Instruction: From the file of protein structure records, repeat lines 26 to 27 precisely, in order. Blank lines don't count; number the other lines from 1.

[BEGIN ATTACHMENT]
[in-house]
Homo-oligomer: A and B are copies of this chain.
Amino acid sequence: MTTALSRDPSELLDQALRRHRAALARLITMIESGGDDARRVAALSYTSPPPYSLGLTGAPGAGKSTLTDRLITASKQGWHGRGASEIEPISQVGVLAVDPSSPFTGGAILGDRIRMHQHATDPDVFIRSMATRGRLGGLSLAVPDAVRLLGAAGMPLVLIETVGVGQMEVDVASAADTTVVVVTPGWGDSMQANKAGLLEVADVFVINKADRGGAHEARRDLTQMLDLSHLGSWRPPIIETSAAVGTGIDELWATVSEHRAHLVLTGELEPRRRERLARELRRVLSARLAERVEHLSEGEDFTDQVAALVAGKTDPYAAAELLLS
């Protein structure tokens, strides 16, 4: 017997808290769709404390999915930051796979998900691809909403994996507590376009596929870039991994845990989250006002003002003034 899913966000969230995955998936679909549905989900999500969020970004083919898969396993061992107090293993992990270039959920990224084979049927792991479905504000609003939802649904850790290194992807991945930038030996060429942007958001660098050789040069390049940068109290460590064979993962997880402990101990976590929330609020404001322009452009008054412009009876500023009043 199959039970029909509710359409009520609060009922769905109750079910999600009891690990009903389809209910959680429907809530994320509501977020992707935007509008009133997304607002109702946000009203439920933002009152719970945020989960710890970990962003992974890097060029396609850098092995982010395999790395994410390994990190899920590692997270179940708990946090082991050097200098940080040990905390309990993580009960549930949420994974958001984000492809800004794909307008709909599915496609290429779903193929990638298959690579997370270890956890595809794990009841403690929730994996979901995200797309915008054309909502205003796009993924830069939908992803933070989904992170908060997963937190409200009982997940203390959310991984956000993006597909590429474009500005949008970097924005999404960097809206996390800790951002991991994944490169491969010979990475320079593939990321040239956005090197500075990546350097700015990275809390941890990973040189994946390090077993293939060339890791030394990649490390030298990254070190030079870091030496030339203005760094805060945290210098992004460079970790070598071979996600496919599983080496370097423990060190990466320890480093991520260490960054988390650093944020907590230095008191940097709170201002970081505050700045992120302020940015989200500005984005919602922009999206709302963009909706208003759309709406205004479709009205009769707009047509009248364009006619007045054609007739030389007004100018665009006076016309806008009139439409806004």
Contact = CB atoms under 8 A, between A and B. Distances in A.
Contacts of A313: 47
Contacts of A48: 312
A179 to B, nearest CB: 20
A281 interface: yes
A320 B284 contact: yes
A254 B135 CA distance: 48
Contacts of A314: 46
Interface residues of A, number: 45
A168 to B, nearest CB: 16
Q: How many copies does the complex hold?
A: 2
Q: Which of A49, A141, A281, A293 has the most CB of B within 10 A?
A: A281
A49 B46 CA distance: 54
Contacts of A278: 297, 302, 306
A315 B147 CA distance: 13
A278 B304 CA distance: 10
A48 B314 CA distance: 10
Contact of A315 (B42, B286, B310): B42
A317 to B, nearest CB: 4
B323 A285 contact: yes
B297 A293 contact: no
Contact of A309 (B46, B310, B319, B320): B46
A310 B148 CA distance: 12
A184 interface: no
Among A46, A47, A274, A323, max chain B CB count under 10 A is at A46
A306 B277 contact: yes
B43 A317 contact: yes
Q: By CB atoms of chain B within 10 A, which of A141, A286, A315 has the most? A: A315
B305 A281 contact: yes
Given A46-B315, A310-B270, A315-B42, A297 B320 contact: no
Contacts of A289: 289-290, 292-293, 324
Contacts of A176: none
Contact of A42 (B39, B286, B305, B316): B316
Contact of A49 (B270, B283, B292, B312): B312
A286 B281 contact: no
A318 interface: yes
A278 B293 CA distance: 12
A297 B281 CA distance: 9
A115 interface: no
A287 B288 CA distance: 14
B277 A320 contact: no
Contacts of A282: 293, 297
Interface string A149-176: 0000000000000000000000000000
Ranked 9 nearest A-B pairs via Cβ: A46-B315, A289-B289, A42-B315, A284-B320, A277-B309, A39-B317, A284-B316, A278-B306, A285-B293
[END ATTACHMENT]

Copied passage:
B323 A285 contact: yes
B297 A293 contact: no